Apple Inc. (NASDAQ: AAPL) reported Wednesday afternoon its most profitable quarter in history but shares were trading lower by 3%. Notable Apple expert Gene Munster explained on CNBC’s “Fast Money” why the stock fell despite a strong report.
The key highlights from Apple’s report include revenue topping $100 billion for the first time ever and a 21% year-over-year revenue growth. Sales across every product category rose at a double-digit rate, including iPhone revenue that rose 17% year-over-year to $65.60 billion.
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The company ended the quarter with more than 1 billion active iPhone users and 1.65 billion people are using at least one Apple product.
Yet Apple’s stock traded lower following the print, although this is due to “confusion,” Munster, a former stock analyst turned venture capitalist said. Specifically, investors were confused with management’s comments on the iPhone channel inventory.
Apple discussed drawing down the inventory and investors assumed the “really good” iPhone metrics isn’t “as good as people thought it was because of the channel inventory drawdown,” he said.
Management clarified during its post-earnings conference call that inventory was drawn down quarter-over-quarter, it was still lower on a year-over-year basis.
“What that means is that there was no game of shuffle to get that good number — it was a real number,” he said. “That’s why the stock kind of dipped a couple of percents.”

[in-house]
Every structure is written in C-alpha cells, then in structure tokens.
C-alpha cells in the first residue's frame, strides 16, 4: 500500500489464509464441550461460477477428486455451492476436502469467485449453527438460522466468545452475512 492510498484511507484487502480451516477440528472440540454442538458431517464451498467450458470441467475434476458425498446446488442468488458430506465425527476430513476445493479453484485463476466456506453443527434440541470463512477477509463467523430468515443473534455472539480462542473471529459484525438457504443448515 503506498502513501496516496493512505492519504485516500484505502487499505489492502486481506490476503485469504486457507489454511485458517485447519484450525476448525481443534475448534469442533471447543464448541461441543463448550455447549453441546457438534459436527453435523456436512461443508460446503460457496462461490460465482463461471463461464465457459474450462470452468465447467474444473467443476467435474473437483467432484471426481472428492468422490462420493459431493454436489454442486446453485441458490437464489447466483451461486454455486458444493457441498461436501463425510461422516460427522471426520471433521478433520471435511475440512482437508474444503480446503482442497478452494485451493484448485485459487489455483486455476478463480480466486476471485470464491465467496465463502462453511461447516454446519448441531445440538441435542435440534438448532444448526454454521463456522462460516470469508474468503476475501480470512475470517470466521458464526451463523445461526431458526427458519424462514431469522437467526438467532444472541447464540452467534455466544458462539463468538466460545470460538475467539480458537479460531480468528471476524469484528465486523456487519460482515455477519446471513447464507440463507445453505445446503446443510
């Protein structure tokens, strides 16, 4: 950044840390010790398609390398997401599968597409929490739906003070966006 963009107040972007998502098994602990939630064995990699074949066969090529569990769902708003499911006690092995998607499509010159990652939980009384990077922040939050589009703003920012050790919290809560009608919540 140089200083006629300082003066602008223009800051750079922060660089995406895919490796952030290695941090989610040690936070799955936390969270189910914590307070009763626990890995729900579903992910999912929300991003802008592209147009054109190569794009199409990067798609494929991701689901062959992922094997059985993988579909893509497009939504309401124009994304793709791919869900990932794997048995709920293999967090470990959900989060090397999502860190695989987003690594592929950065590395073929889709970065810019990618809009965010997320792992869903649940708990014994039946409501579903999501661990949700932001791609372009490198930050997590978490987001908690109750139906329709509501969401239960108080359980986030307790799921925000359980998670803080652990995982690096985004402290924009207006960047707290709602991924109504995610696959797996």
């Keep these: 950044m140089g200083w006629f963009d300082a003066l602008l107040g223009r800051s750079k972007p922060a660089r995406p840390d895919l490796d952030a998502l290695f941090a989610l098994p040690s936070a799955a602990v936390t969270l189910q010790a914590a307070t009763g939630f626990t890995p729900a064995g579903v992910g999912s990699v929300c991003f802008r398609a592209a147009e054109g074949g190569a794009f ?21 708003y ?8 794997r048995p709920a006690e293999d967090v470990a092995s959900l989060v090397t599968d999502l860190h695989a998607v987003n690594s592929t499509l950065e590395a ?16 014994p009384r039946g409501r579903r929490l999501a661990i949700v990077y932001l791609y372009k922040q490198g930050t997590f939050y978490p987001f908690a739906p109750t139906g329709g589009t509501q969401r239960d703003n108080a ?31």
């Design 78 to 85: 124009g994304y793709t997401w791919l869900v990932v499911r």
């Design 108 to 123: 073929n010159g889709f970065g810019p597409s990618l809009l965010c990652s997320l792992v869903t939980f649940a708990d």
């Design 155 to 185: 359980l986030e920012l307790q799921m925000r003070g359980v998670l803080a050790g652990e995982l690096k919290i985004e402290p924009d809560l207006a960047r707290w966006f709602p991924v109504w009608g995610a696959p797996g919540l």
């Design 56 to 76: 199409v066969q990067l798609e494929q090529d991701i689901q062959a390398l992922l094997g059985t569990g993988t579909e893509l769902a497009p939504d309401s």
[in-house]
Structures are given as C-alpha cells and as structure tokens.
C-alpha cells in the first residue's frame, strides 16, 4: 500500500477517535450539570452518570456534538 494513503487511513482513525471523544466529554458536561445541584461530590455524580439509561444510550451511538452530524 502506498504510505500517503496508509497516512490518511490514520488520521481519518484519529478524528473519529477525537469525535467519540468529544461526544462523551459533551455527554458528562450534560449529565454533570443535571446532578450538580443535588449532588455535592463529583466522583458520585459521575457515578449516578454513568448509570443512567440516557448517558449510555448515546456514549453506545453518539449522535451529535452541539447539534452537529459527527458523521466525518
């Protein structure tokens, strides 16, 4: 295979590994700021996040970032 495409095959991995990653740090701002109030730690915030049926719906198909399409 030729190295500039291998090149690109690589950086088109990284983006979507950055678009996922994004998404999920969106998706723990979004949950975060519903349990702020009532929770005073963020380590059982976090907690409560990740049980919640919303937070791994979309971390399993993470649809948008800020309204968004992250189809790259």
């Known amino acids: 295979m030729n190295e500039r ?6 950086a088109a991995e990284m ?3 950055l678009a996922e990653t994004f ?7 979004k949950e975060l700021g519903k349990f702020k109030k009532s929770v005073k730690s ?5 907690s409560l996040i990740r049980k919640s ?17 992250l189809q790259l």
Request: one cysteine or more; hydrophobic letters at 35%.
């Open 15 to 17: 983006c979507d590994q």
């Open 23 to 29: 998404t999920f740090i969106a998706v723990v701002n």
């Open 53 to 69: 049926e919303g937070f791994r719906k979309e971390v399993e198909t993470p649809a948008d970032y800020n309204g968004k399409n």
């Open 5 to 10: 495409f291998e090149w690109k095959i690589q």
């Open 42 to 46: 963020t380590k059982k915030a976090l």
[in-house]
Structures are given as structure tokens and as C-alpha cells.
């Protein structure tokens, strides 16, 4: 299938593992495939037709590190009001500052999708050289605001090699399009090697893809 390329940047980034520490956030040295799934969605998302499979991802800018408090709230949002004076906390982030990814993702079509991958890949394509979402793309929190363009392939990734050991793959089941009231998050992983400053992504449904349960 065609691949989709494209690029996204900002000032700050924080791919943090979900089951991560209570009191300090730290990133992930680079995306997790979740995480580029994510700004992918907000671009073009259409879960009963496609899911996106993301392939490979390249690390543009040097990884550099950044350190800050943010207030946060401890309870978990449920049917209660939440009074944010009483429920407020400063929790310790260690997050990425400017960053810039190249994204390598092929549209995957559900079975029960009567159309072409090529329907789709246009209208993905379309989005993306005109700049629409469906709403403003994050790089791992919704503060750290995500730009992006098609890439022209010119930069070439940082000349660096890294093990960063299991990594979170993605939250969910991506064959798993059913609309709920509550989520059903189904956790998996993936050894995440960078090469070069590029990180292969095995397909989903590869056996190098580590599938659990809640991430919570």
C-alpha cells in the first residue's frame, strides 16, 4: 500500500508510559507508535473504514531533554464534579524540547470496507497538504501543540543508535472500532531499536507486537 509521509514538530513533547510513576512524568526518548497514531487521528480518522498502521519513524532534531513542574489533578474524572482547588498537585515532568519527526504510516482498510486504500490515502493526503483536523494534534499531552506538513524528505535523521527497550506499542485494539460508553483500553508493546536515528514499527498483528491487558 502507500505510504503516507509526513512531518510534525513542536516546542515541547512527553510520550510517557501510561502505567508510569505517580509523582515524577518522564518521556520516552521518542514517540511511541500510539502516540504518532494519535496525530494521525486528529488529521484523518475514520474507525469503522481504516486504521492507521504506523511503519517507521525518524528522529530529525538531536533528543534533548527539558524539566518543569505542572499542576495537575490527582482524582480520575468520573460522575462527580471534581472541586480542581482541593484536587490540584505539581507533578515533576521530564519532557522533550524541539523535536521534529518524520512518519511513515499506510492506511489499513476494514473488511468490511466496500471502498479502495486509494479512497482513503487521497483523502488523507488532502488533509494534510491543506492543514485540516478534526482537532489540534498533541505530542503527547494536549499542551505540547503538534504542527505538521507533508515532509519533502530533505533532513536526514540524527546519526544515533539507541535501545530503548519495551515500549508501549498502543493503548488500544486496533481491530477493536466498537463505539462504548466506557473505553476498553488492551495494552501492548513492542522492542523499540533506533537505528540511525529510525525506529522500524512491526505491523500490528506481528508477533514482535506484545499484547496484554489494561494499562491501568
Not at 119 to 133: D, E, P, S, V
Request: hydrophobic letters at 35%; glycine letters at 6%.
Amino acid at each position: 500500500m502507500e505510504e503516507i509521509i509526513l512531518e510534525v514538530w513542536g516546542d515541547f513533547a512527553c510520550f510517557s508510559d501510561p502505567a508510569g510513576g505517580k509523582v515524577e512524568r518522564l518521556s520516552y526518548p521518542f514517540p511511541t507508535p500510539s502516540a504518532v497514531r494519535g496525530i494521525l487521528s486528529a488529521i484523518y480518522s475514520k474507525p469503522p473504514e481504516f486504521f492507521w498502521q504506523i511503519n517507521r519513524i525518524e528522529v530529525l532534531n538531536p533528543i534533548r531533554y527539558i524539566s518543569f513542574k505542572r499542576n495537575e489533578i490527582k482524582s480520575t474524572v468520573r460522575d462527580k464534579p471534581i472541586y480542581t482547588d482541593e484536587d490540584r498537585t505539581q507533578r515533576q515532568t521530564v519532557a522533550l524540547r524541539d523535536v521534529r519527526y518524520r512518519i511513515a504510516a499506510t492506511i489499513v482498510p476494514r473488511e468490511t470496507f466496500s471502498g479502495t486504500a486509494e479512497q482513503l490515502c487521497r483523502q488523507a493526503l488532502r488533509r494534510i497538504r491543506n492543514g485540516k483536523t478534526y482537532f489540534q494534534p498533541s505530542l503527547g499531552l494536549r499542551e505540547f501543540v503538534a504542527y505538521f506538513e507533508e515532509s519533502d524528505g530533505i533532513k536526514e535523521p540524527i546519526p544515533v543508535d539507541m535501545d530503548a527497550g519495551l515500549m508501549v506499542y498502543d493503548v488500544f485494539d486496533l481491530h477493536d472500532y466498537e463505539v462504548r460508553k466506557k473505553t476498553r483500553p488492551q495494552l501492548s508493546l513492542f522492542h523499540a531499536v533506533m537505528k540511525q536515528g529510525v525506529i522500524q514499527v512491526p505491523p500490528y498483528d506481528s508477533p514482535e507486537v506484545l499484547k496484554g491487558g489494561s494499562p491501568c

Here is a full Invezz.com recap of Apple’s earnings report.
Conference call highlights
One of the more notable takeaways from Apple’s conference call was management’s statement that the Mac business was the only unit that suffered from supply constraints in the quarter, Munster said.
This might suggest Apple will report upside versus future expectations as it catches up.
Another highlight from the quarter was a question from the analyst community that touched on reports of Apple looking to make a car. The question was cleverly posed to CEO Tim Cook and asked how he approaches new addressable markets.
Cook answered that he is looking at providing a great user experience where the company can combine hardware, software, and services.
“I’m not putting the stake in the ground and saying that Apple is going to build a car,” he said. “But I think the leanings are in that direction because the future of a car is just that: hardware, software, and services.”
All put together, Munster said the quarter reinforces his outlook that Apple’s stock has a path towards $200 per share.
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